But the important part about this post isn't the look back on the old versions of WHYGAVS, it's this part at the end where I thank each and every single person that reads this site for doing so. Exactly four years to the day after I started blogging, I was sitting in a press box with a press pass, watching the two best prospects in baseball go head to head in Durham. On April 11, 2005, I don't think I could have even possibly imagined a scenario that lead to that, but here we are. The truth, though, is that that's not why I write. I write because WHYGAVS has shown me that there are other Pirate fans out there just like me, who remember what I remember and who care as much as I care. I've never admitted this on here before, but I came perilously close to closing the blog down after my move to North Carolina in the dark days of the end of the Littlefield era. In the end, I just couldn't do it because I honestly felt like it would let people down. I kept going and sure enough, Littlefield was fired soon after and I haven't looked back since.
So thank you for all of the times we've agreed and especially for all of the times we haven't. WHYGAVS has made me a smarter, better baseball fan and a smarter, better Pirate fan because everything I write has to be up to the standards of not just myself, but of all the smart fans that read. If I could, I'd thank each and every one of you personally for four great years. Here's hoping the next four see some wins.
Before I even start this recap, I need to point the following things out: the Astros haven't scored since Saturday, they started Jason Michaels in center today, and Russ Ortiz took the mound for them today. This isn't so much a baseball team as it is a squad of players that even Dave Littlefield would be embarrassed by. All reactions to this game should be tempered by this reality.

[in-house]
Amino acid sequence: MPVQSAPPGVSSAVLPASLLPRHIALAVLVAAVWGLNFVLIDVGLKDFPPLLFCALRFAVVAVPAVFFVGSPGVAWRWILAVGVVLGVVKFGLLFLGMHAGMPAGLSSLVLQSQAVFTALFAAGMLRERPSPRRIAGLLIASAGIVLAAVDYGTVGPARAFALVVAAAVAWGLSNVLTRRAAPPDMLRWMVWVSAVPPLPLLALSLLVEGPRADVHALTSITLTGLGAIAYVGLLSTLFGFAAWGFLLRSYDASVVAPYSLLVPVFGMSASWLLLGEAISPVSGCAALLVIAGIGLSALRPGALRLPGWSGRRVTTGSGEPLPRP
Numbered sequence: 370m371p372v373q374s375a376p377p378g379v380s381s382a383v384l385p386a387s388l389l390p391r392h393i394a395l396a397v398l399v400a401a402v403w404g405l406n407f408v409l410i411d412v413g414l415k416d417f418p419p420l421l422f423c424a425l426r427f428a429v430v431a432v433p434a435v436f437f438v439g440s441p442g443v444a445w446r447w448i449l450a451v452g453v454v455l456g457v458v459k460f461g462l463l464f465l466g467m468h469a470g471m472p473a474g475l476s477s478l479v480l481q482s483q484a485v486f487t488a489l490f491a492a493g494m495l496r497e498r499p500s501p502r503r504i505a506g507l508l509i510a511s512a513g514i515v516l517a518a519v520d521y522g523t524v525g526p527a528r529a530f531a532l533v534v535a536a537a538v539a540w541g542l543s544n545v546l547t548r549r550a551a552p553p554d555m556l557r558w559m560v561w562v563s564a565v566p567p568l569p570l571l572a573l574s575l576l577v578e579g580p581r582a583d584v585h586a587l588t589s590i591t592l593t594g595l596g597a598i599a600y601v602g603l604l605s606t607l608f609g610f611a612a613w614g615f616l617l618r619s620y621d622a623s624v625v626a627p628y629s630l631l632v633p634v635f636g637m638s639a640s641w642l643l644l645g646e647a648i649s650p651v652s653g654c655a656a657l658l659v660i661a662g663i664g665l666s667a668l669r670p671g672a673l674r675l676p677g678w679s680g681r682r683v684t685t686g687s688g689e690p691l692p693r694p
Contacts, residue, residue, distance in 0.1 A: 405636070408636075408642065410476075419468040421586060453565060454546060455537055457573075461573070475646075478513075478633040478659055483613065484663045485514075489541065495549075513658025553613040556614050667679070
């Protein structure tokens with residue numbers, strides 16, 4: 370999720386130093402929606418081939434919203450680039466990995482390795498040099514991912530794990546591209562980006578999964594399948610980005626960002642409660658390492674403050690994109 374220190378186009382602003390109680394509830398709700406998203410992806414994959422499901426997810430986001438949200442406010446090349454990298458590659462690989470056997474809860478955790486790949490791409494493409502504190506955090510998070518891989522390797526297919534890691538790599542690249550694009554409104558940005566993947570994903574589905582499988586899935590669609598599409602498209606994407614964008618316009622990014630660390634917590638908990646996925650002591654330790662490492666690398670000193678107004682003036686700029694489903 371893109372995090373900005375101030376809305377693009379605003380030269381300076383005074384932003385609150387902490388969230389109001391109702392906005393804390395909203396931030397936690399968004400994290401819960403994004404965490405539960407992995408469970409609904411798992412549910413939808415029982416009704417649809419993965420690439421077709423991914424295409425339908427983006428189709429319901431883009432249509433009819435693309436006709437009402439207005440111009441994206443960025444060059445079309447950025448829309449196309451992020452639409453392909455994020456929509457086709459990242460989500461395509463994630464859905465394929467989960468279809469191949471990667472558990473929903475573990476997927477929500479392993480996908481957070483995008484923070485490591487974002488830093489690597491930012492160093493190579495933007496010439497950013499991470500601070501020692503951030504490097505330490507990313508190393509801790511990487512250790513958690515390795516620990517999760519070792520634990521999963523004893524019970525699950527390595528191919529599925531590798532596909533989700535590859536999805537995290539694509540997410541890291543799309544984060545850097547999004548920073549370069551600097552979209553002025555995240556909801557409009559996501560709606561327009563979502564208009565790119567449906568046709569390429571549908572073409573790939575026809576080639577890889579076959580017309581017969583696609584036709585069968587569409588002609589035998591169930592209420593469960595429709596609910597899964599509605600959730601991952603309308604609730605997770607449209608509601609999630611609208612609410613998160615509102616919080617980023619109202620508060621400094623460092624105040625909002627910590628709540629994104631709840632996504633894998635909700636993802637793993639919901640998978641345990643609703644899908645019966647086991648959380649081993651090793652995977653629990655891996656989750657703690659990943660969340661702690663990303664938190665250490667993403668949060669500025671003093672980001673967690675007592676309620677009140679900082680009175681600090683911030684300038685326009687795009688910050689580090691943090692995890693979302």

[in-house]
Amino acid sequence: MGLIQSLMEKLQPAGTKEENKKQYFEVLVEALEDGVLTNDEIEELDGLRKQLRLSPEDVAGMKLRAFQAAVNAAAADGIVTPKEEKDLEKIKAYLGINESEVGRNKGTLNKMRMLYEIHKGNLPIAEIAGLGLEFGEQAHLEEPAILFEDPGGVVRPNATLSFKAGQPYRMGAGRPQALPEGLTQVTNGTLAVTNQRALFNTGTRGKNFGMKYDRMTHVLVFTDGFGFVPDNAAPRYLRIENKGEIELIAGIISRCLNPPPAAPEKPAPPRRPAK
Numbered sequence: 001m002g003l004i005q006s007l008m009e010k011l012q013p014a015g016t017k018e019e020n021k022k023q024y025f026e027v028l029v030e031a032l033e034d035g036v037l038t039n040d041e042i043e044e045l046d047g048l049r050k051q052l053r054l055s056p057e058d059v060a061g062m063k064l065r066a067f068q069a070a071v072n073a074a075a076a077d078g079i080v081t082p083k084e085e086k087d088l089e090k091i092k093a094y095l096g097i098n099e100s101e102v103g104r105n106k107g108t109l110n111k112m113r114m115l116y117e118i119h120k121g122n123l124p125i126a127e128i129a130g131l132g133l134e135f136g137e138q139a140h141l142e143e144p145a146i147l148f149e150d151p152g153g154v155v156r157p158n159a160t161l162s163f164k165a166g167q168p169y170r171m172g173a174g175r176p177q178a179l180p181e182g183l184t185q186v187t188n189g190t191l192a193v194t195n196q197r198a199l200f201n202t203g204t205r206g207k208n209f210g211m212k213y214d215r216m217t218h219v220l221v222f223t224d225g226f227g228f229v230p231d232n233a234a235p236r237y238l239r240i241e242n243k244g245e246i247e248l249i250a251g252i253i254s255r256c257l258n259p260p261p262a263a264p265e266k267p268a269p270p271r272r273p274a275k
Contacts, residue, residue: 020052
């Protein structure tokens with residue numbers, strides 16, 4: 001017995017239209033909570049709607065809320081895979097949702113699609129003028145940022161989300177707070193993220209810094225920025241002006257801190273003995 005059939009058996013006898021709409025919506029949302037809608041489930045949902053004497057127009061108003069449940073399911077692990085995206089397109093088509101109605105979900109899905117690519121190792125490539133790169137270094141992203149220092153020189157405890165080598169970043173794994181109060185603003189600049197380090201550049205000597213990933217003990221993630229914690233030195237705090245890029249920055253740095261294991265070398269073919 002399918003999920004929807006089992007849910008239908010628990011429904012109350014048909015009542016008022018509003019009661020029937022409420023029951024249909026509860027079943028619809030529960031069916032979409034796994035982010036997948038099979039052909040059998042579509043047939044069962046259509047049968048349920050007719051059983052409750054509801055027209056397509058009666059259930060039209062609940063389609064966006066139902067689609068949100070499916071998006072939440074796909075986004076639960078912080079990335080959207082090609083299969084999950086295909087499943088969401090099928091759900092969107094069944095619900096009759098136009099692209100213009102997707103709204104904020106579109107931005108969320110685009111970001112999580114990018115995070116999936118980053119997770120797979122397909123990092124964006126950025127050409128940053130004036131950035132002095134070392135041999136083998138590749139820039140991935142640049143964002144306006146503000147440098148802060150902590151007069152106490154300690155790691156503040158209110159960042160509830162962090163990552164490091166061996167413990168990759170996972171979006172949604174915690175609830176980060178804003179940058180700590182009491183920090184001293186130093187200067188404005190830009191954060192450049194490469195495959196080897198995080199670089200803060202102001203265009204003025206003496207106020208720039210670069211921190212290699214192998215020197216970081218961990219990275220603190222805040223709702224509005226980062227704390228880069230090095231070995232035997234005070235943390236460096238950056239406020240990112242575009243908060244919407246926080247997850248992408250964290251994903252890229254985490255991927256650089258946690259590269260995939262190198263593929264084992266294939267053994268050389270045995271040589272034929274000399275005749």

That said, Zach Duke just threw a complete game shutout. Yes, I'm worried about him throwing 119 pitches in April, but it's hard to imagine JR was going to pull him at less than 120 so long as he had a shutout going in the home opener. His velocity looked good on the Gameday in the 9th inning, and so I'm just going to hope this is a non-issue.
Just like his first start against the Cardinals, he again did all the things that he hadn't been doing the past few seasons. I realize that Duke's not a strikeout pitcher and he never will be, but every pitcher has to strike some batters out, and if they're not it's a good indication that they're not pitching well. From 2006-2008, Duke's K/9 rates were 4.9, 3.4, and 4.2. Those aren't numbers he can succeed with. Today, he got five strikeouts over the full game, including getting Lance Berkman on K's three times. In his two starts this year, he's averaging 5.7 K/9. As everyone's been noting, his fastball has more zip on it and his breaking balls seem to have more bite. He looked like a different pitcher last Tuesday and while I didn't see today's game, it seems clear that he did again today. I still think it's too soon to start making any conclusions about him, but I like everything I've seen so far.